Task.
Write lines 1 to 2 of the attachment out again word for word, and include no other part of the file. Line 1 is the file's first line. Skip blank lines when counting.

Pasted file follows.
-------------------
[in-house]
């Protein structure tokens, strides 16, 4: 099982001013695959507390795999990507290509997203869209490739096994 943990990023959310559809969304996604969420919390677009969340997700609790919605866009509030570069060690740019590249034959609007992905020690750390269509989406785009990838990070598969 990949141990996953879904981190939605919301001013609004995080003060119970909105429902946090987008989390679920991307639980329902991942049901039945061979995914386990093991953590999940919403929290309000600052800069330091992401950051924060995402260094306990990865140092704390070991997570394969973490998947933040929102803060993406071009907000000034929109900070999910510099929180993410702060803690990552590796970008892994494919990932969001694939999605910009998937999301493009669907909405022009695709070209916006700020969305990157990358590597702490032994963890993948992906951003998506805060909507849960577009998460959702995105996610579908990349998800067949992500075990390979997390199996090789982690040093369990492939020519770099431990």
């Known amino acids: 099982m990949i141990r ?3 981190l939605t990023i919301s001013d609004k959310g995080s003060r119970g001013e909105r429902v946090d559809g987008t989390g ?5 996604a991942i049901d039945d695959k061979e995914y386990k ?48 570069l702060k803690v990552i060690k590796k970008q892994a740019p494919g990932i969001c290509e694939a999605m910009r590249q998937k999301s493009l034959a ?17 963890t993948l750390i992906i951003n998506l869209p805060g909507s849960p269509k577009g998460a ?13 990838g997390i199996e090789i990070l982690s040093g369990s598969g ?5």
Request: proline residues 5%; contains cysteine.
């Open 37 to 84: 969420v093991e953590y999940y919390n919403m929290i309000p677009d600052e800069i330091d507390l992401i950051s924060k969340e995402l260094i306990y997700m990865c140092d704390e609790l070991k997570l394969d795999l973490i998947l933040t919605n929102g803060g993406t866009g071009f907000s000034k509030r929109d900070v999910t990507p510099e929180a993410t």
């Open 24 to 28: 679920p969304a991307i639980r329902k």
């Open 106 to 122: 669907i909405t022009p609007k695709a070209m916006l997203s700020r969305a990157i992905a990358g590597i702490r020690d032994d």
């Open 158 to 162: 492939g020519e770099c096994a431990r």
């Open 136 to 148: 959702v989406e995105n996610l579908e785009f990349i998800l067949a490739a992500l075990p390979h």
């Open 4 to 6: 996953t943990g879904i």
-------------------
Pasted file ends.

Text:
[in-house]
């Protein structure tokens, strides 16, 4: 099982001013695959507390795999990507290509997203869209490739096994 943990990023959310559809969304996604969420919390677009969340997700609790919605866009509030570069060690740019590249034959609007992905020690750390269509989406785009990838990070598969 990949141990996953879904981190939605919301001013609004995080003060119970909105429902946090987008989390679920991307639980329902991942049901039945061979995914386990093991953590999940919403929290309000600052800069330091992401950051924060995402260094306990990865140092704390070991997570394969973490998947933040929102803060993406071009907000000034929109900070999910510099929180993410702060803690990552590796970008892994494919990932969001694939999605910009998937999301493009669907909405022009695709070209916006700020969305990157990358590597702490032994963890993948992906951003998506805060909507849960577009998460959702995105996610579908990349998800067949992500075990390979997390199996090789982690040093369990492939020519770099431990």